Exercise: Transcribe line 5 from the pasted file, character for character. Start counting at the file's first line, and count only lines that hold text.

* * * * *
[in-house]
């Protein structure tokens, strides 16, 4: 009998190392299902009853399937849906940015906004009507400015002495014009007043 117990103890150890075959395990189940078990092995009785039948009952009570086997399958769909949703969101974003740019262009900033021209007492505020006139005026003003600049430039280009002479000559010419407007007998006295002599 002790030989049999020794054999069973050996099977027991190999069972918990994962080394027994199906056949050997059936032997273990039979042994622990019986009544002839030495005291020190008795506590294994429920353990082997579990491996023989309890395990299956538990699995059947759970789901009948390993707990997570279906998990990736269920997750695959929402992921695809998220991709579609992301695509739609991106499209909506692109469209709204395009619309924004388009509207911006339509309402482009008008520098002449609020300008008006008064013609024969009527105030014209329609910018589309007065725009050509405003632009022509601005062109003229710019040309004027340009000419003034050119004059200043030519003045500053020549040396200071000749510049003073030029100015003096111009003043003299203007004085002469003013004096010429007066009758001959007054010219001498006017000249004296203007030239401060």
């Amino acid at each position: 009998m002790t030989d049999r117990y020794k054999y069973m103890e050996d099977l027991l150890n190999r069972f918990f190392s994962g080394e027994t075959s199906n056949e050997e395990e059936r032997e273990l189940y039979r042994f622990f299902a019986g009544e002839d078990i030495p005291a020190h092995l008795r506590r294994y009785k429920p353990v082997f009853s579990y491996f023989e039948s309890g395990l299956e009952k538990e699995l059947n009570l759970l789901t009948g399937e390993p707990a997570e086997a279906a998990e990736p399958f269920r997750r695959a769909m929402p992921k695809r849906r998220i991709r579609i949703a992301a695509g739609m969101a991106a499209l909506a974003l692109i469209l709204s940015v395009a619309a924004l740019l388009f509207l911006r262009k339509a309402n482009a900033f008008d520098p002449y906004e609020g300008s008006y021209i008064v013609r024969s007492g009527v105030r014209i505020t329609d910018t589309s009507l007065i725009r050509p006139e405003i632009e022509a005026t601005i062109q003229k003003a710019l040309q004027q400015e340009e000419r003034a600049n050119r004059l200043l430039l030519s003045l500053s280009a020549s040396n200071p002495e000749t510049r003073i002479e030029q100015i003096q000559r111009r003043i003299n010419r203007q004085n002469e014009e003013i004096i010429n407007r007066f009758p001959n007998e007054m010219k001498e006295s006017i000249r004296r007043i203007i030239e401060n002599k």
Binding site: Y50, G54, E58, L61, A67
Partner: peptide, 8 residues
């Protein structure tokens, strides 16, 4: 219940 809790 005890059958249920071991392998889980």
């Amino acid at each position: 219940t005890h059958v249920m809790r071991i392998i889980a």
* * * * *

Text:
Partner: peptide, 8 residues